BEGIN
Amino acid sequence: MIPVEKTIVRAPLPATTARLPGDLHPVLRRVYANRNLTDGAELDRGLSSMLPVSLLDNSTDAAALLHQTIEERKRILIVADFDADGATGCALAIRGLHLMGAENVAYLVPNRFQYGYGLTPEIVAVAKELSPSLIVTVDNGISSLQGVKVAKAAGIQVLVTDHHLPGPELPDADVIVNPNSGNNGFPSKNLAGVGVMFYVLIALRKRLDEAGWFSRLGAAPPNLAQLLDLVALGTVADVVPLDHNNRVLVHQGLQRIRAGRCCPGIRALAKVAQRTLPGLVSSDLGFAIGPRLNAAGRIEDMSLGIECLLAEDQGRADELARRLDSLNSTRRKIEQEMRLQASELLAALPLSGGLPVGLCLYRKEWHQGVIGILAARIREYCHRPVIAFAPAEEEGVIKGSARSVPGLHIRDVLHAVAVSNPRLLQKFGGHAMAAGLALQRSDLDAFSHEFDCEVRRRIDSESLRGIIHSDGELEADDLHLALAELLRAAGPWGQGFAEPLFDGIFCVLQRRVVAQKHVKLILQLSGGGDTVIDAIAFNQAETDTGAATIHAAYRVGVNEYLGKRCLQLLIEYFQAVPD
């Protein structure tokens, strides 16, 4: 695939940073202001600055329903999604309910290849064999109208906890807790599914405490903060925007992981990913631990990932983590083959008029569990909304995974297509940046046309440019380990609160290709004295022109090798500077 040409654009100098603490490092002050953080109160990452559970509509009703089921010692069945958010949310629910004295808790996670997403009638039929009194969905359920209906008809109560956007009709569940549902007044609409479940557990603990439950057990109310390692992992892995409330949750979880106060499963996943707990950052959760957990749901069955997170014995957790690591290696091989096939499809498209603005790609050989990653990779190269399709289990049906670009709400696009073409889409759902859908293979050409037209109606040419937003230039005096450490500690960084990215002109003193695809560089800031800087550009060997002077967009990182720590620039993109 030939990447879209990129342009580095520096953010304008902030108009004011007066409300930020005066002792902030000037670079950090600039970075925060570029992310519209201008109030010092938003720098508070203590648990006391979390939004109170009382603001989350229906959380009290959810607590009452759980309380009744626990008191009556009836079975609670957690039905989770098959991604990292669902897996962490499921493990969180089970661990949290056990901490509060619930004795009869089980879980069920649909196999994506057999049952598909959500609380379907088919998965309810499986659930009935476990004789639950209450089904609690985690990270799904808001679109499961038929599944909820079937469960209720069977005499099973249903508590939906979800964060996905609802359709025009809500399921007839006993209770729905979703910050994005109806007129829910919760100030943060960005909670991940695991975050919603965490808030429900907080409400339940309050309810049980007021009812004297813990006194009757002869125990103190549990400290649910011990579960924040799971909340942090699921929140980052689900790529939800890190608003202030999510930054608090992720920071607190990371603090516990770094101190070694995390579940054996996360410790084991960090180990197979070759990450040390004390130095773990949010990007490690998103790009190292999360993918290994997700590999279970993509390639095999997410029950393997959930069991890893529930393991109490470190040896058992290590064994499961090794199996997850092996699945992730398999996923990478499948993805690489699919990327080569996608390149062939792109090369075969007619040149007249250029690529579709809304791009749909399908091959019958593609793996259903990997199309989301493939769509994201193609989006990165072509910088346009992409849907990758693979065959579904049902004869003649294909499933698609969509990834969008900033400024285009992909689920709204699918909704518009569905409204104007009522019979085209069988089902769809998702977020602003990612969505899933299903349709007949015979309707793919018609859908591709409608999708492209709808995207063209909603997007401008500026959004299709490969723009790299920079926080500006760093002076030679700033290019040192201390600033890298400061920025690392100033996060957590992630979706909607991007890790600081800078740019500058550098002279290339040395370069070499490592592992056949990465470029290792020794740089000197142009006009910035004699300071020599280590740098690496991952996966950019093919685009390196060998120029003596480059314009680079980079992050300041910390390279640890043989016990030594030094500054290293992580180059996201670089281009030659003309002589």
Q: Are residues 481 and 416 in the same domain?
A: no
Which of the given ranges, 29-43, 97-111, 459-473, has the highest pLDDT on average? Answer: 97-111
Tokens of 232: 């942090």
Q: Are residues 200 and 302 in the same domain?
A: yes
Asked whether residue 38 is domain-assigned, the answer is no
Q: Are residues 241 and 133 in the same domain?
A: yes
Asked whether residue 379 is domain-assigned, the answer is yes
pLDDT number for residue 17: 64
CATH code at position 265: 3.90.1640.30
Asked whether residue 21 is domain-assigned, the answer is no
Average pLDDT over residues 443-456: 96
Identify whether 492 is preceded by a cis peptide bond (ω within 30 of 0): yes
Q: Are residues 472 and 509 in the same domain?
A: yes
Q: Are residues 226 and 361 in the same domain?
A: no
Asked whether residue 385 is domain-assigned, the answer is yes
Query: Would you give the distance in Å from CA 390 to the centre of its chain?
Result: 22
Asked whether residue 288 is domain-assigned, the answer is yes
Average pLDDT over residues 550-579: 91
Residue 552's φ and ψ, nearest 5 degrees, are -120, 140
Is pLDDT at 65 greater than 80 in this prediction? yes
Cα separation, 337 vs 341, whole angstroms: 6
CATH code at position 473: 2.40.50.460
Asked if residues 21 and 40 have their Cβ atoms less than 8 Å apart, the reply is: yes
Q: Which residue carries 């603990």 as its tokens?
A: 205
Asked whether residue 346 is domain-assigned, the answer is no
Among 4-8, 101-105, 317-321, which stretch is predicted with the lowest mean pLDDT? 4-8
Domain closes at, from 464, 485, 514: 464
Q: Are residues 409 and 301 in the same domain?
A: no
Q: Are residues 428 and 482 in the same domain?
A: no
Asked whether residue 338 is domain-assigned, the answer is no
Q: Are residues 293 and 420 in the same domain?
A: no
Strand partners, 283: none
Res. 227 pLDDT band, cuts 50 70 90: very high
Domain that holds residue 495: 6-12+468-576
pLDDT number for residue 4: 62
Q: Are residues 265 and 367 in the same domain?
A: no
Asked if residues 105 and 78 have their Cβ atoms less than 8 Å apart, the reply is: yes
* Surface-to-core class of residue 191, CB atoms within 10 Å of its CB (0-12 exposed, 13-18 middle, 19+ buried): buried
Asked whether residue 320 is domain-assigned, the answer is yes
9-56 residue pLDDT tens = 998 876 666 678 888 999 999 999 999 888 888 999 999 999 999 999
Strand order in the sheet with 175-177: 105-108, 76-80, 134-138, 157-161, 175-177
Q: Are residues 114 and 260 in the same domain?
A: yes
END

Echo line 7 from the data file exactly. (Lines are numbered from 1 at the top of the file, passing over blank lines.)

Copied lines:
Q: Are residues 200 and 302 in the same domain?